Before WILKEY and EDWARDS, Circuit Judges, and MacMAHON,* Chief Judge, United States District Court for the Southern District of New York.
UNITED STATES COURT OF APPEALS, DISTRICT OF COLUMBIA CIRCUIT
Appeal from the United States District Court for the District of Columbia (D.C. Civil Action No. 78-0857).
DECISION OF THE COURT DELIVERED BY THE HONORABLE JUDGE MACMAHON
This is an appeal by plaintiff-appellant Ramzi A. Boutros ("Boutros") from the entry of a judgment n.o.v. in favor of defendant-appellee Riggs National Bank of Washington, D.C. ("Riggs") in the United States District Court for the District of Columbia. This action to recover for the allegedly unauthorized withdrawals of funds from Boutros' savings account at Riggs, was tried to a jury which rendered a verdict for Boutros for $21,000, the full amount claimed. Upon motion of Riggs, Judge John H. Pratt set aside the verdict and entered judgment for defendant. For the reasons set forth below, we reverse and remand to the district court with the direction to enter judgment in accordance with the verdict.
An award of judgment notwithstanding the verdict should only be made if the Court, after viewing all of the evidence, together with all inferences reasonably to be drawn, in the light most favorable to the successful party, determines that the evidence is so overwhelmingly in favor of the other party that reasonable men could not disagree. Upon review, we must do the same. Vander Zee v. Karabatsos, 191 U.S. App. D.C. 200, 589 F.2d 723 (D.C.Cir.1978); Luck v. Baltimore & Ohio Railroad Co., 510 F.2d 663 (D.C.Cir.1974). Moreover, it is the function of neither the trial nor the appellate court to assess the credibility of witnesses or determine the weight of the evidence. Fireman's Fund Ins. Co. v. Videfreeze Corp., 540 F.2d 1171 (3d Cir. 1975). With these principles in mind, the facts are as follows.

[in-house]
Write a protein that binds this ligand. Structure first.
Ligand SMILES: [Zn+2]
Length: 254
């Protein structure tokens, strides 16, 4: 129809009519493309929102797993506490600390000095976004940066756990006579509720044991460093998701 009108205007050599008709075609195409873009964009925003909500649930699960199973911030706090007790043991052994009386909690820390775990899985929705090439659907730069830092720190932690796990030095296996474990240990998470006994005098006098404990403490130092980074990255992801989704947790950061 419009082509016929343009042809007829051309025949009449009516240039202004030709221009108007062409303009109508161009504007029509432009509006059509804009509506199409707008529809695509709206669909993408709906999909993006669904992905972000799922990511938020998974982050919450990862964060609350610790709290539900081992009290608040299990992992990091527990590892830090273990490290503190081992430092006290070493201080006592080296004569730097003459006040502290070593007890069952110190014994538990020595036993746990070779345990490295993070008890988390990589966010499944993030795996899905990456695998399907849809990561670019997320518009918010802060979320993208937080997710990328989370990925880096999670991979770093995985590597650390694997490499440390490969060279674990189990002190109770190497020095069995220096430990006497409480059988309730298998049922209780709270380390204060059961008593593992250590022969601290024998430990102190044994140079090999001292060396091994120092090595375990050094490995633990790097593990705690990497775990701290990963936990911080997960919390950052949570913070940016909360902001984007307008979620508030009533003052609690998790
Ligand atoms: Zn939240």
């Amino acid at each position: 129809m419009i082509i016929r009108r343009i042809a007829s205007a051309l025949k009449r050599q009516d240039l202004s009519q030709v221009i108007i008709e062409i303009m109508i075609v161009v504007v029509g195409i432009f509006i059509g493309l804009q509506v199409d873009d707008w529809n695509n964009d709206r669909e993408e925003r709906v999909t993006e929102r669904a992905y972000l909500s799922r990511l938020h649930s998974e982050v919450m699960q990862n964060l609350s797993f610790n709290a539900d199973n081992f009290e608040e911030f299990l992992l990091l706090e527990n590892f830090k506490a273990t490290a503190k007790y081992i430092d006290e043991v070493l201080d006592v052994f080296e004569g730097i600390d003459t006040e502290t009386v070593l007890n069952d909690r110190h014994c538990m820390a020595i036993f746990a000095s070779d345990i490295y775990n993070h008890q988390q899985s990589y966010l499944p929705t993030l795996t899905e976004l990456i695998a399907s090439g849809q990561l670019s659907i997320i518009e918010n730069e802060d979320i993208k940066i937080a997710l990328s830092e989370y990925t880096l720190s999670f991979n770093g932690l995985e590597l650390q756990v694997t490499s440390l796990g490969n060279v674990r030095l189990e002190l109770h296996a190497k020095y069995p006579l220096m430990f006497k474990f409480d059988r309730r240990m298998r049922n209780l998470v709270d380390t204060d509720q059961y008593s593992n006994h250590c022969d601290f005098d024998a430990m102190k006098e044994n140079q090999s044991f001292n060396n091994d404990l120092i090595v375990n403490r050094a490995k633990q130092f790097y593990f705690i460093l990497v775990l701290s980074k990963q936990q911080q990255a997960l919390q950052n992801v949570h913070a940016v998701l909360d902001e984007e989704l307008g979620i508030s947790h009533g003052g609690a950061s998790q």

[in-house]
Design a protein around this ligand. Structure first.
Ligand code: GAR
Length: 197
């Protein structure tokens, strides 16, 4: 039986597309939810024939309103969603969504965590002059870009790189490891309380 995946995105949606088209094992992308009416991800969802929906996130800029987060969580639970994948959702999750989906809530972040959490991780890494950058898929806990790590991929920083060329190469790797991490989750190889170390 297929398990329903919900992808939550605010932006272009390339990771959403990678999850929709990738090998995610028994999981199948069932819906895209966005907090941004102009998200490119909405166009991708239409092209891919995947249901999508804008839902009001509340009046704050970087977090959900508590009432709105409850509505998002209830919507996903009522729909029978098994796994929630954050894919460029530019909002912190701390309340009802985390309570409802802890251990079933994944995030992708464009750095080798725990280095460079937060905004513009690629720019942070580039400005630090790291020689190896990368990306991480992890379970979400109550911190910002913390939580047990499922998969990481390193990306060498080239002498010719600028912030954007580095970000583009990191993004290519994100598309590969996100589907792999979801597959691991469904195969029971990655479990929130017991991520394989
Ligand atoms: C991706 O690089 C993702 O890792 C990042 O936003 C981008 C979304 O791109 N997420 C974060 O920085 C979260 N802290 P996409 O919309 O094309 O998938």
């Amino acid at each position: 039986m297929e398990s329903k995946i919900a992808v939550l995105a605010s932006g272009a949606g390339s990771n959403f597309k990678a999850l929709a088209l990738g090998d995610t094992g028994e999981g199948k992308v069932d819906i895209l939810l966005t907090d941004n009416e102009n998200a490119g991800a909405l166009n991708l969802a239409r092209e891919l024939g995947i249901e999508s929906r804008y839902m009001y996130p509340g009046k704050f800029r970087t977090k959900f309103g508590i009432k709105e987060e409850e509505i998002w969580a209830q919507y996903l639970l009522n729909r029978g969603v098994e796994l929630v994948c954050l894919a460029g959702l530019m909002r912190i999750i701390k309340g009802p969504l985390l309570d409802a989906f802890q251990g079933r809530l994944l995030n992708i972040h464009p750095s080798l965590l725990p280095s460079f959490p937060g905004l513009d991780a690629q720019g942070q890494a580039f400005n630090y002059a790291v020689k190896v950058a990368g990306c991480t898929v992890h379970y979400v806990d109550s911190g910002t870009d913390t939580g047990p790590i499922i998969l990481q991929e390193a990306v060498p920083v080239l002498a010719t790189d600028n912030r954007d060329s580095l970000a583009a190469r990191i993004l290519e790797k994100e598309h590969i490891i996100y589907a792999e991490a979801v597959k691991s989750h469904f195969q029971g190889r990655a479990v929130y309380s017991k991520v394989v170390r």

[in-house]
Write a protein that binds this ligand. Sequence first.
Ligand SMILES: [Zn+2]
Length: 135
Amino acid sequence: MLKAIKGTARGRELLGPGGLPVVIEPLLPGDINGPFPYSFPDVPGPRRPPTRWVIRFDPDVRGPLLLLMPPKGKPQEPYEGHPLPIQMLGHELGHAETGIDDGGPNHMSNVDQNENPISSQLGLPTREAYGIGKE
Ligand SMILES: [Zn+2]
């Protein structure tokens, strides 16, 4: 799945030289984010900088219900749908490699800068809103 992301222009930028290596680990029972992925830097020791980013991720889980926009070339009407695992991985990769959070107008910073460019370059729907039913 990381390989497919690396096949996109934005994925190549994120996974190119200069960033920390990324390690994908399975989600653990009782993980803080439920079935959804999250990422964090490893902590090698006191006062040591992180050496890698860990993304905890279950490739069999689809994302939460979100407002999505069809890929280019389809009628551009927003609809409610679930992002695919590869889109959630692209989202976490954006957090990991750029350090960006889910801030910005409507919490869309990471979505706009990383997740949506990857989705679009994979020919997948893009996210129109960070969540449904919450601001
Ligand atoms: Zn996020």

Boutros, an Egyptian citizen, opened a savings account with an initial deposit of $1,500 at Riggs' Dupont Circle branch in September 1976 during a visit to the United States. He was introduced at the bank by John Beshai ("Beshai"), a fellow Egyptian residing in this country, whom Boutros had known for some time. Beshai already had an account at Riggs. Boutros opened the account in his name alone and his were the only signatures, in English and Arabic, on the signature card. However, Boutros instructed the branch manager to send all statements of his account to Beshai's office in Washington, explaining that the maintenance of the account violated Egyptian currency regulations at that time.
The following day, Boutros executed a power of attorney which provided as follows:
I am the undersigned RAMZI ATTIA BOUTROS, EGYPTIAN, BORN Oct. 27, 1929 on MONDAY SEPTEMBER THE THIRTEENTH YEAR NINETEEN HUNDRED SEVENTY SIX here declare the power of attorney to Mr. John A. Beshai, Egyptian Attorney and member of Egyptian Bar, all my rights to ship any car or spare part in my name to Egypt and take for that all necessary. I also give him the power of attorney to represent me at immigration office (sic) or any governmental departments and hand necessary papers.
Shortly thereafter, Boutros returned to Egypt. In March 1977 Boutros wired a further deposit of $23,349.88 into the account.
Commencing in February 1977 and continuing to September of that year, Beshai made a series of withdrawals from the account totaling $21,000. Beshai concededly made the withdrawals by presenting to the bank withdrawal slips on which he had signed Boutros' name. An officer of Riggs admitted at trial that at the time the withdrawals had been made he thought that the slips had in fact been signed by Boutros and was unaware that it was Beshai who signed them. At this time Riggs had an established policy requiring that a power of attorney be on file with the bank for any person other than the depositor to make withdrawals. No such document was filed with Riggs.
Each of the withdrawals appeared on the bank statements. However, the bank statements were mailed to Beshai and Boutros was not aware of these transactions.
Boutros returned to the United States in September 1977 and requested Riggs to forward all future statements to his son-in-law, who then lived in New Jersey. When the next statement was received on October 3, 1977, Boutros noticed the withdrawals and promptly contacted Riggs, asserting that the withdrawals had not been authorized. Riggs refused to credit his account for the money paid over to Beshai and this suit resulted.
The jury returned a verdict for Boutros in the amount of $21,000. Judge Pratt, however, granted judgment n.o.v. to Riggs, finding, at Riggs' urging, that the evidence conclusively established that Beshai was authorized to withdraw funds from Boutros' account and that therefore the Uniform Fiduciaries Act insulated Riggs from liability. Alternatively, the trial court rested its decision upon its finding ...